Before I was pregnant with my first born and currently only child, Delilah, I started researching the best alternatives for everything that her skin would come in contact with. I didn’t purchase Johnson & Johnson products, Orajel, chest rubs, or anything that had even a slight negative review for fear that it would harm my child. But what I forgot to research was disposable diapers and alternatives for them. Was that possible? Did they make organic diapers? The Honest Company’s disposable diapers were the only chemical-free ones that I found but the prices were outrageous for our budget. Besides, some still claimed that they weren’t as chemical free as the company had claimed. I was at my wit's end until I found cloth diapers.
Who would have thought that cloth diapers would be making a comeback in 2016? I was beyond ecstatic and excited to give them a try. They were cotton-based and I could control what soap that they would be cleaned with. Did I mention that they were reusable? I then expressed my thoughts and feelings with my friends and family and was discouraged. So I lost hope and gave up my cloth diapering fantasy, until a few months ago when I decided to make the switch. It was the best and most anxious feeling in the world knowing that my little flower would not be using disposable diapers.
After deciding to use cloth diapers, I found Nora's Nursery on Instagram of all places and ordered seven Cloth diapers which included seven liners. Do not misinterpret me and think that I didn't have plenty of questions and worries. Such as: How would I make cloth diapering work? Was it difficult? How would her Daycare respond? What would my family think? How would I store them? Going out to restaurants?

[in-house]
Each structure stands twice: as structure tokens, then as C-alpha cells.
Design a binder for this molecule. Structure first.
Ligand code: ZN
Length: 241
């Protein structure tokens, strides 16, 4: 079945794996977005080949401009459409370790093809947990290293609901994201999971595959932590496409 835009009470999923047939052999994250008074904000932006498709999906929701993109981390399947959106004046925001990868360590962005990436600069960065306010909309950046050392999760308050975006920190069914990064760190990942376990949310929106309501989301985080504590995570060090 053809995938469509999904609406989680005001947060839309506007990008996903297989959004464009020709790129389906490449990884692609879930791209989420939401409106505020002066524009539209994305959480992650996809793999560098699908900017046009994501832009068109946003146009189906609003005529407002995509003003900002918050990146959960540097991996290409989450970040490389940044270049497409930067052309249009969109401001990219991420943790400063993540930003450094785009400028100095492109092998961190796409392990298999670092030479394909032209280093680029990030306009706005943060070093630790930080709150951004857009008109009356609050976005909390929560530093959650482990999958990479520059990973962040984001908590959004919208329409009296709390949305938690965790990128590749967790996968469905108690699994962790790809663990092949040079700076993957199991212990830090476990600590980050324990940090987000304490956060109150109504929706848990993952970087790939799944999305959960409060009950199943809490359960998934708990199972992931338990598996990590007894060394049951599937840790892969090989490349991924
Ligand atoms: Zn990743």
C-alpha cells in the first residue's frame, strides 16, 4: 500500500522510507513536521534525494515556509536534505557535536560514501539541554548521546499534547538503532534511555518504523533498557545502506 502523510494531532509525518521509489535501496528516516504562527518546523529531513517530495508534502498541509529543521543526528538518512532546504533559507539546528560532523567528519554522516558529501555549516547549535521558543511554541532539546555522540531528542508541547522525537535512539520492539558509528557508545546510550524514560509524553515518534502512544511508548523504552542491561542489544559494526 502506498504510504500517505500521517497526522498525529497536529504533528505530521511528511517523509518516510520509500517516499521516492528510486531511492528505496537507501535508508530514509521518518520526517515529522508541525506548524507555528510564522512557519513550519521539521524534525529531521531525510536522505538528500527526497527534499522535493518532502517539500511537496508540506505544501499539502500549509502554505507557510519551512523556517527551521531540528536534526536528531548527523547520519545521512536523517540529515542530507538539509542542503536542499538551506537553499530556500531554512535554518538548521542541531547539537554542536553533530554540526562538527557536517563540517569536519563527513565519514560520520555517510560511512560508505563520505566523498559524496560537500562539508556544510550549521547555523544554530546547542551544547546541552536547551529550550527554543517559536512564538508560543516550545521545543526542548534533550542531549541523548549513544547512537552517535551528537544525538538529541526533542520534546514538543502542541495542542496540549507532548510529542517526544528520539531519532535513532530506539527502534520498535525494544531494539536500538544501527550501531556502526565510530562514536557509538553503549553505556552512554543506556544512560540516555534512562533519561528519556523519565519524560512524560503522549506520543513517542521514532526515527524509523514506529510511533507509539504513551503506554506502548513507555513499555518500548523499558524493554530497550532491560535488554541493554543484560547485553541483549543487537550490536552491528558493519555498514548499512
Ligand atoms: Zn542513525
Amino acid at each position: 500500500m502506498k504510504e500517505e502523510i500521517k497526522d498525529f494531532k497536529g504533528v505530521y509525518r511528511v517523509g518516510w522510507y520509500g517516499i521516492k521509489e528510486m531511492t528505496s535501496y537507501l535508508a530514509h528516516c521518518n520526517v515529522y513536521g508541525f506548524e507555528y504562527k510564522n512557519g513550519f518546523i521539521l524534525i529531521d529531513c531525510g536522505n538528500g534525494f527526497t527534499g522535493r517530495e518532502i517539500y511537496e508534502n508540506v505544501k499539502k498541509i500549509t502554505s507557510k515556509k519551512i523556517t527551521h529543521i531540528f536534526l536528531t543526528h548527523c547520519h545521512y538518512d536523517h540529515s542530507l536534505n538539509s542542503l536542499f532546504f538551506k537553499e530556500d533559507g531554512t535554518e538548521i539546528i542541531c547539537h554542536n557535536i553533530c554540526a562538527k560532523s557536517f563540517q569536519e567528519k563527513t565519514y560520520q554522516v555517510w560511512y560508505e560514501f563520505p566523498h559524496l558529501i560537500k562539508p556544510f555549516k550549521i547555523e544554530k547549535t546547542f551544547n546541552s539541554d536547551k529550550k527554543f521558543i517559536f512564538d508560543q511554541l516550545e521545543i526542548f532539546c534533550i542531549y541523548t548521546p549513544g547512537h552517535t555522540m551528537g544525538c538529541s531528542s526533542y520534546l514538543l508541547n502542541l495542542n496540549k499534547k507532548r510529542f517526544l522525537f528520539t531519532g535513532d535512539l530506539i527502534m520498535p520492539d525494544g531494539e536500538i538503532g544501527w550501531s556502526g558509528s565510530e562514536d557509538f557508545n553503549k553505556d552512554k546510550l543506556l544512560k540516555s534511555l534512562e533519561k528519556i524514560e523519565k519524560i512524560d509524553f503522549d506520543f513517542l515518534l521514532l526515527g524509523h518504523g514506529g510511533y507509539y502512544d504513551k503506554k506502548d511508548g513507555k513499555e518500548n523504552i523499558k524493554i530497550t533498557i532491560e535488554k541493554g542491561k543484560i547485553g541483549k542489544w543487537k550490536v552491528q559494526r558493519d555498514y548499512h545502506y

But in my heart, I knew that switching to cloth diapers would be better for her and our family. It would also be cheaper for us and have fewer chemicals for her. I bet that you didn't know that, did you? That's fine, neither did I. Now that you are aware, what type of chemicals are in your little ones diapers?
What are in disposable diapers?
- Dioxine- a carcinogen chemical. It's used to bleach the paper that comes in contact with your baby's skin when processing the diapers. It's listed by the EPA as one of the most toxic cancer-linked chemicals.
- Sodium Polyacrylate-a chemical that was banned from Tampons and other feminine hygiene products in 1985 because it causes Toxic Shock Syndrome. But yet, it's still used in disposable diapers and even in "ORGANIC" disposable diapers! This chemical is what helps with the absorbency (let's be smart, people, it's not normal for something to absorb that much liquid). It's known to cause chemical burns, staph infection in babies, and has been known to kill children if too much is ingested. They are the small gel bits that end up on your baby's skin if the diaper gets too wet.
Here are few more but not all:
- Methylene cinnamate
- 1, 3, 5-Trimethylbenzene
If you’re already thinking about making the switch but are afraid of the cleaning process; don’t be. It's easier than you think. What I do is toss out the fecal material in the toilet and throw them in the washer.
Now let’s talk about the cost.
I used to spend $40/Month on disposable Diapers. The average baby uses disposable diapers for 3 years (36 months) x $40: $1,440. I paid $120 for 26 liners and 14 covers and have saved $160 so far for using cloth. She will be able to use her cloth diapers until potty training days.
- They sell cloth diaper sprayers that you can add to the toilet to make it even easier for cleaning.
- When going out, a small bag can be used to store the dirty diapers until you get home
- I use a mini garbage can with a washable Liner for storing soiled diapers until I could wash them and a Genie for the disposable wipes.